Amid all the wild post-match celebrations following this thrilling match came a prediction that stretched credibility.
"Wales can win the 2007 Rugby World Cup." If a Welshman had said it, he would have been labelled mad, drunk or caught up in the hype and hysteria after the Dragons recorded their first win over the Wallabies on home soil since 1981. But the words were not uttered by a Welshman. The statement was made by a New Zealander, Andrew Hore, Wales' departing conditioning coach.
However, superb as the Welsh performance was, their coach Mike Ruddock was not allowing himself to be swept away. All he would concede was: "It's a really big result for us to take into the Six Nations."
Their first game is a big one - probably the biggest - against England at Twickenham. Ruddock was certainly heartened by this stirring display, which had the crowd on its feet and the Australians on the back foot. Whenever the Wallabies did get going the Welsh defended heroically.
Ruddock was mightily pleased with his team's fitness and stamina - credit to Hore for that - and Wales never let up in a match played at a ferocious pace, with barely a water break to be had.
There was not even a stoppage when the prop Adam Jones got to grips with an opponent in the middle of the field and was then joined by a second Wallaby - the centre Morgan Turinui - who left the defensive line and attempted to break up the tussle.
All his intervention did was leave a large hole which was exploited by Shane Williams and Gareth Thomas, who conjured up Wales' second try. That incident drove Australia's coach Eddie Jones to fling his two-way radio unit to the ground in anger.
"That is what is costing us games - it's also cost me a radio," Jones said. "That lack of awareness of critical situations. As absurd as it seems, it is the small things like that which are killing us." And probably putting the boot into Jones' future, as well as that of his captain George Gregan. It was the latter's 50th match as captain and his 118th cap, but although he has a Super 14 commitment for the next southern season he is unlikely to continue his Test career.
The Australian Rugby Union has launched a review of the Wallabies' disastrous tour, and some suggest that a queue of people is eager to take over from Jones. "The results clearly don't measure up to the goals that were set before the tour," said the ARU's Gary Flowers. "This review will begin immediately."
One of those in waiting is the Wales skills coach Scott Johnson. The Australian has already announced that he will leave Wales; the only question is when. Queensland are favourites to secure his signature but his achievements with Wales and his popularity with the players might suggest he would have the drop on his rivals for the national job, who include the former All Black coach John Mitchell, Ewan McKenzie and Bath's Michael Foley and John Connolly.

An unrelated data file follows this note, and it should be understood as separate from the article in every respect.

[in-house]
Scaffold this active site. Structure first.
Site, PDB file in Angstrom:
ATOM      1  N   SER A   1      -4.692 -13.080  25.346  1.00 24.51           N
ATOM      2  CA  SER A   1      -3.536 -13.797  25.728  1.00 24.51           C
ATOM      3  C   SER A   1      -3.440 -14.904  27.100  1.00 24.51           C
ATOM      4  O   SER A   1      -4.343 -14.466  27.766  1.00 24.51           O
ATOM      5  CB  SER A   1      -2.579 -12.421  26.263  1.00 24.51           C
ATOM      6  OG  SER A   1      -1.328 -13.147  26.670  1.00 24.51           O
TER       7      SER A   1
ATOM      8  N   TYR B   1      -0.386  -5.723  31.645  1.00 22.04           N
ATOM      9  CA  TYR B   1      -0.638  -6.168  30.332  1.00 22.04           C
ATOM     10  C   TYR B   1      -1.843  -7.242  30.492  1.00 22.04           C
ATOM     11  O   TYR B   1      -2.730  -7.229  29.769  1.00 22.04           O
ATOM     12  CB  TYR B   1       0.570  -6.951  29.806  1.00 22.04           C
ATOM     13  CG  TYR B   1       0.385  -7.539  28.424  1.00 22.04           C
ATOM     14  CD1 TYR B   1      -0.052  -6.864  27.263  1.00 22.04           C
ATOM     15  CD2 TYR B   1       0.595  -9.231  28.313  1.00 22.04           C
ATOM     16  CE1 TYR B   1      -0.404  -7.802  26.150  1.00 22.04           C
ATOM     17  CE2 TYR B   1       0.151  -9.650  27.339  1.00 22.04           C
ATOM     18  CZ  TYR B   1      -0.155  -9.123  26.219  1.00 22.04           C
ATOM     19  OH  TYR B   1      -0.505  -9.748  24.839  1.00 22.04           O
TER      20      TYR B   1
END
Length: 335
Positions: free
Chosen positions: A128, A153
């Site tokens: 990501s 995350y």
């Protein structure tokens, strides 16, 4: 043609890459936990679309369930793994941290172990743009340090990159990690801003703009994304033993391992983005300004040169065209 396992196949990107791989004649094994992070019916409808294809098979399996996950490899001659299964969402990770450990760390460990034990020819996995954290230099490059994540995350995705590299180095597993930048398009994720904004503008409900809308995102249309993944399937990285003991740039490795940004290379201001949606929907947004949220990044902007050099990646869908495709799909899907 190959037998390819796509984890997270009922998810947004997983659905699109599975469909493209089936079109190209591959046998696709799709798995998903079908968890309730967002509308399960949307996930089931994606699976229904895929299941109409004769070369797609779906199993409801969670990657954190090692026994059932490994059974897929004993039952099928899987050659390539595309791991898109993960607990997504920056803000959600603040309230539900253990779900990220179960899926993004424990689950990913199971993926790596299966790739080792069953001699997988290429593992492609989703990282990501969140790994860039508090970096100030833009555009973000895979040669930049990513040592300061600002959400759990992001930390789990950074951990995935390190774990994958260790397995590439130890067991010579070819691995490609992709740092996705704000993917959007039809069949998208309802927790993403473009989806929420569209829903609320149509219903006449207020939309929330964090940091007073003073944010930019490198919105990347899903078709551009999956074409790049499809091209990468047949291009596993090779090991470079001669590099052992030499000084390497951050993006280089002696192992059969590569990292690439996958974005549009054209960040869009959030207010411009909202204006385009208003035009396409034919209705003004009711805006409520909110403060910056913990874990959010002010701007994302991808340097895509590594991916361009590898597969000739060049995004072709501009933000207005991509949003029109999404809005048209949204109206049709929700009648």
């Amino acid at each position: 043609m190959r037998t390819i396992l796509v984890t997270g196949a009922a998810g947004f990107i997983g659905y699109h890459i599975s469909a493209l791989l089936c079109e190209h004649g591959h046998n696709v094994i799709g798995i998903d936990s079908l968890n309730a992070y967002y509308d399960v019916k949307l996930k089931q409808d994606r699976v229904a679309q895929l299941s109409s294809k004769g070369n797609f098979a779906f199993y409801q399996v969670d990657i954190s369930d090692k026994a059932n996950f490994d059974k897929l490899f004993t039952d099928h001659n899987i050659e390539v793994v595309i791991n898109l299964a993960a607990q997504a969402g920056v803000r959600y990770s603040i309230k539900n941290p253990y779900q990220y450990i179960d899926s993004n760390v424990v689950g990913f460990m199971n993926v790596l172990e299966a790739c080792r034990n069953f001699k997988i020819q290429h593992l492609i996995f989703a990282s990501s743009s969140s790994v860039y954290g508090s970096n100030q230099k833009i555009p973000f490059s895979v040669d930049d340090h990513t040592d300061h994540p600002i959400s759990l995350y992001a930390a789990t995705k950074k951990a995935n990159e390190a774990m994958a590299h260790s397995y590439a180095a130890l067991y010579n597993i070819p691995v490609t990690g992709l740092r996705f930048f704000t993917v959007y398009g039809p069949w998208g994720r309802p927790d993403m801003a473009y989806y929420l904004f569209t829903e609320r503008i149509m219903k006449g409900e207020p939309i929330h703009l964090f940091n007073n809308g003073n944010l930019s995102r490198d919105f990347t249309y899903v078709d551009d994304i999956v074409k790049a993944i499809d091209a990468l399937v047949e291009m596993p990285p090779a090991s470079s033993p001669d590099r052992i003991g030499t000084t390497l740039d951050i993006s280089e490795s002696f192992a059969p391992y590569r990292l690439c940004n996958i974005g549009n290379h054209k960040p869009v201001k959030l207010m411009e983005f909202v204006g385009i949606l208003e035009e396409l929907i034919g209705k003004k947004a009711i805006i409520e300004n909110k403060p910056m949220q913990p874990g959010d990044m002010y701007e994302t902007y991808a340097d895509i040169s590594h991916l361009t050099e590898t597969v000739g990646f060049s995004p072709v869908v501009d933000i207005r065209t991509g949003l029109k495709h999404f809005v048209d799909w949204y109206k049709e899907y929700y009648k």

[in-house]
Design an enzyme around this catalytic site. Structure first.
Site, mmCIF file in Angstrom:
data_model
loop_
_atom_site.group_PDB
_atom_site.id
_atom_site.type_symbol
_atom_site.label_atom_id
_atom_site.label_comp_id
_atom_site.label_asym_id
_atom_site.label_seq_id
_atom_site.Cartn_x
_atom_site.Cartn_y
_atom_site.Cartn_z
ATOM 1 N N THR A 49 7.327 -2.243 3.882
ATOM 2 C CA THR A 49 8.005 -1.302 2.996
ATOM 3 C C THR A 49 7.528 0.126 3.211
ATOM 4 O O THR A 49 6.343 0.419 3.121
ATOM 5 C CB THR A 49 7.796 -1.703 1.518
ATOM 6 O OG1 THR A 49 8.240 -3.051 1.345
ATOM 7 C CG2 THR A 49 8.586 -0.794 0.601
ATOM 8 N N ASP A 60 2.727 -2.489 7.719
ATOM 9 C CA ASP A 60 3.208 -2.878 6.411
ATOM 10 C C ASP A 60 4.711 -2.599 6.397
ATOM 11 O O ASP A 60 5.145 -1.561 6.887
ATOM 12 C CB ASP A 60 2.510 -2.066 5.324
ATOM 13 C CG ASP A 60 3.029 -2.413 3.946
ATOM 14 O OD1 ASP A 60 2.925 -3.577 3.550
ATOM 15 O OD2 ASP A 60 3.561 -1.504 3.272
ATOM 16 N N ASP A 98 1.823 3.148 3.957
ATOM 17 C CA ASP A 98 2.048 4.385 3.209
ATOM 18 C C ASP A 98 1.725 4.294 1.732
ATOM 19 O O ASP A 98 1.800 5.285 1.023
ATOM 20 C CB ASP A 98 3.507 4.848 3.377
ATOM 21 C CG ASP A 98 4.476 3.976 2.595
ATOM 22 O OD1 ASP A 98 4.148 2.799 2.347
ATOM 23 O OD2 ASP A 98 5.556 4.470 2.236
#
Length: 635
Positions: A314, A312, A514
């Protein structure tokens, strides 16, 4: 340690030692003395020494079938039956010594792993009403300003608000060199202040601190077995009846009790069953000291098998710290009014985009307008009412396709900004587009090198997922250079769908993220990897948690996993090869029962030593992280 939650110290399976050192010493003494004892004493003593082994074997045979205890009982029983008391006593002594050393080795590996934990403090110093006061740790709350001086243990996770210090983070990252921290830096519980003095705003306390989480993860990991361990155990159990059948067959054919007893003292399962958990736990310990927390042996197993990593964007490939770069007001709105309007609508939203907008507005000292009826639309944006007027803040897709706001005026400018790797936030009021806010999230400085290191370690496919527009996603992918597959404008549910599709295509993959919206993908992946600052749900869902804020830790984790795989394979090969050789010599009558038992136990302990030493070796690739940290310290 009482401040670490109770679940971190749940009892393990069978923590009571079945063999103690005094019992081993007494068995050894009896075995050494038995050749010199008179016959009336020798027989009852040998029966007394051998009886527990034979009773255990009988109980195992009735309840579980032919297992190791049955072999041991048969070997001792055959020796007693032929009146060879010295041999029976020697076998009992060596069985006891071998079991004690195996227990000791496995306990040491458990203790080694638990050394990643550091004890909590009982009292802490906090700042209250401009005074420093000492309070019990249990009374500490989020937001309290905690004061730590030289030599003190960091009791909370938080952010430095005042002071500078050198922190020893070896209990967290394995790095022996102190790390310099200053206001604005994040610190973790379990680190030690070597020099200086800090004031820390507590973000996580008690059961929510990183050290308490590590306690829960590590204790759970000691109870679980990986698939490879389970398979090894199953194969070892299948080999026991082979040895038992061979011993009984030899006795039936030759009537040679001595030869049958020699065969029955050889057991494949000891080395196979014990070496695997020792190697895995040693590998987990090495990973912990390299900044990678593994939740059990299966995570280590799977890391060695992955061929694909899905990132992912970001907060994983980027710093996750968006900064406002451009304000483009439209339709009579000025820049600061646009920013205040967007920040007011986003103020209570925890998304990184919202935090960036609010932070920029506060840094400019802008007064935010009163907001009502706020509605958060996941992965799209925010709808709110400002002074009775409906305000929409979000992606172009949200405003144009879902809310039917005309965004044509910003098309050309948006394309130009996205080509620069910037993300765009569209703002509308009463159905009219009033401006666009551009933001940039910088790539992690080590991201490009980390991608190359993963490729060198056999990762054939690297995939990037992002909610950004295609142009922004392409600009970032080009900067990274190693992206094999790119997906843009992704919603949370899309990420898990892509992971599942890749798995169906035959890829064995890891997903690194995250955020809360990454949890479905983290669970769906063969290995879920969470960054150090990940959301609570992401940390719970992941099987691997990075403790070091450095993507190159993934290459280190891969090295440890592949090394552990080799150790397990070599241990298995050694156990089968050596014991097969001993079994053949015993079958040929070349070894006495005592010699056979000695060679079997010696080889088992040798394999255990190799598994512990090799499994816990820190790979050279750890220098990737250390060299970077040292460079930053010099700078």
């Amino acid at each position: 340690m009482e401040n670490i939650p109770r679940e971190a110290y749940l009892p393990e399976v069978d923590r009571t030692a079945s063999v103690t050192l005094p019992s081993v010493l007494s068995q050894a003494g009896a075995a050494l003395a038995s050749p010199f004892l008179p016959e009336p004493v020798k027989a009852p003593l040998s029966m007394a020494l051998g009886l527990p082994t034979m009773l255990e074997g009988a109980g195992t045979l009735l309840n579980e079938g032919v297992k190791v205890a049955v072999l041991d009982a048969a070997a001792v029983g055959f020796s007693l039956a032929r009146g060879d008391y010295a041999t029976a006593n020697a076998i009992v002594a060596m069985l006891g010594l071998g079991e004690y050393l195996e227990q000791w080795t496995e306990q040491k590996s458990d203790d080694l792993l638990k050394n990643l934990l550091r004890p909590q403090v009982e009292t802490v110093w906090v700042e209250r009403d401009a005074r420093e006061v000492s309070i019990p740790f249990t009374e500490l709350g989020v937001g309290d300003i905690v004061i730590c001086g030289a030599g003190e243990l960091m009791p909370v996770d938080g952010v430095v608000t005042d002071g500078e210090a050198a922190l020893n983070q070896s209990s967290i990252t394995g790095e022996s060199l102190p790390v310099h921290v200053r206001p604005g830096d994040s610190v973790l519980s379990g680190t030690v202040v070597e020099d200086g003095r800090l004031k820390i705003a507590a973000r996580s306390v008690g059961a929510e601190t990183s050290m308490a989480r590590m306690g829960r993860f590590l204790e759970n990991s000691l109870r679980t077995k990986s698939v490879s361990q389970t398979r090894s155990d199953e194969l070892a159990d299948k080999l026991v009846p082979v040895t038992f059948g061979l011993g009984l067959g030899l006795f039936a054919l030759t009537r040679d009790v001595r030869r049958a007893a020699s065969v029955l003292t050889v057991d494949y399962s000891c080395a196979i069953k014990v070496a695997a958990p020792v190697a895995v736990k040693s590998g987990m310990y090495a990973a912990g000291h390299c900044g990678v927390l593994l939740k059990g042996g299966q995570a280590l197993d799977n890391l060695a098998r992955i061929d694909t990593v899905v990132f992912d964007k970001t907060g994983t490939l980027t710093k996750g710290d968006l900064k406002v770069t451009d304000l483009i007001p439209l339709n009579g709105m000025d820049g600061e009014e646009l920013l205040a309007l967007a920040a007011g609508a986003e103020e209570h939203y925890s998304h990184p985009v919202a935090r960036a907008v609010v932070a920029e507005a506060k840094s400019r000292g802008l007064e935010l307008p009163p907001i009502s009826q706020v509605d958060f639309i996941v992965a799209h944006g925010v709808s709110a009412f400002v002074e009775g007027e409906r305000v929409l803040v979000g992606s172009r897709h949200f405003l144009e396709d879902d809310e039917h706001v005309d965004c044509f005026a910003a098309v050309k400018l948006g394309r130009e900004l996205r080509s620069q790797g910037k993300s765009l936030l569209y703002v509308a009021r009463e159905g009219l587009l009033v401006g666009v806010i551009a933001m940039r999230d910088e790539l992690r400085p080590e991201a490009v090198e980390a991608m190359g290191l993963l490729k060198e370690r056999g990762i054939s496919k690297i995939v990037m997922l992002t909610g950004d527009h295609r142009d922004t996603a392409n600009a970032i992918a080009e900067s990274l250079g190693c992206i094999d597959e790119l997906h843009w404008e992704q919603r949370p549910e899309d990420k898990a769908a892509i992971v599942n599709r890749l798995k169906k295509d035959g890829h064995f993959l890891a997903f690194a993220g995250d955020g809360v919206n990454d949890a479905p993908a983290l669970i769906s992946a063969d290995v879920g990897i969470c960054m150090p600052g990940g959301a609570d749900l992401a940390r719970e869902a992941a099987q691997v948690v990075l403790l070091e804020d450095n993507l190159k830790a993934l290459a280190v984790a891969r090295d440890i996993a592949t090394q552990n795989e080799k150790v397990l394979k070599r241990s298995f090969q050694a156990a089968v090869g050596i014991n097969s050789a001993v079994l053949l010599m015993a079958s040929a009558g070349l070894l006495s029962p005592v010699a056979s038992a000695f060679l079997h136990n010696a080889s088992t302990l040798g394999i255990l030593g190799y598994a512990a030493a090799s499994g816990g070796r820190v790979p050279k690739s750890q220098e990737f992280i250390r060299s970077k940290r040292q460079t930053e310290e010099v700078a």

"I am not concerned what this result means for me," Jones said. "People are going to make decisions. It is out of my control. I just coach." He was more at pains to accentuate the positives of the tour, which included three players trying out new positions. According to Jones they all acquitted themselves well.
"Lote Tuqiri has looked comfortable moving from the wing to outside-centre. And he has had only a handful of Tests since switching from league to union. George Smith settled in at No 8 and I think Mat Rogers is going to become a very handy Test fly-half."
Right now, though, he needs a scrummage, and Jones admitted that there is a lot of hard work ahead if the Wallabies are to rediscover those dark arts after watching Wales dominate up front. But while the home forwards were magnificent, Jones highlighted aspects of the back play that were not so great. "We were never stretched in defence," he said. "They score most of their tries from turnovers and free-kicks."
The immediate future had looked bleak for Wales after poor performances in their previous autumn Tests. This result has gone some way to alleviating those fears. There are grounds for optimism, but Wales need to analyse Jones' remarks about the backs' inability to breach the opposition line often enough. That will be an imperative against the likes of England and France.
Wales: Tries Penalty, S Williams; Conversion S Jones; Penalties S Jones 4. Australia: Tries Tuqiri, Sharpe, Latham; Conversions Rogers 2; Penalty Rogers.
Wales: G Thomas (Toulouse); D James, M Watkins (both Llanelli Scarlets), S Parker, S Williams (both Ospreys); S Jones (Clermont Auvergne), G Cooper (Newport-Gwent Dragons); D Jones (Ospreys), R Thomas (Cardiff Blues), C Horsman (Worcester), I Gough (N-G Dragons), R Sidoli (Cardiff Blues), C Charvis (Newcastle), M Williams (Cardiff Blues), M Owen (N-G Dragons). Replacements: M Davies (Gloucester) for R Thomas 36-40; A Jones (Ospreys) for Horsman, 51; C Sweeney (N-G Dragons) for S Jones, 80.
Australia: C Latham (Queensland); M Gerrard (ACT), L Tuqiri, M Turinui (both New South Wales), D Mitchell (Queensland); M Rogers (NSW) G Gregan (ACT, capt); M Dunning (NSW), B Cannon, D Fitter (both Western Australia), H McMeniman (Queensland), N Sharpe (WA), J Roe (Queensland), P Waugh (NSW), G Smith (ACT). Replacements: A Baxter (NSW) for Fitter, 53; M Chisholm (ACT) for McMeniman, 74; C Whitaker (NSW) for Gregan, 59; W Sailor (NSW) for Gerrard, 66.
Referee: T Spreadbury (England).Reuse content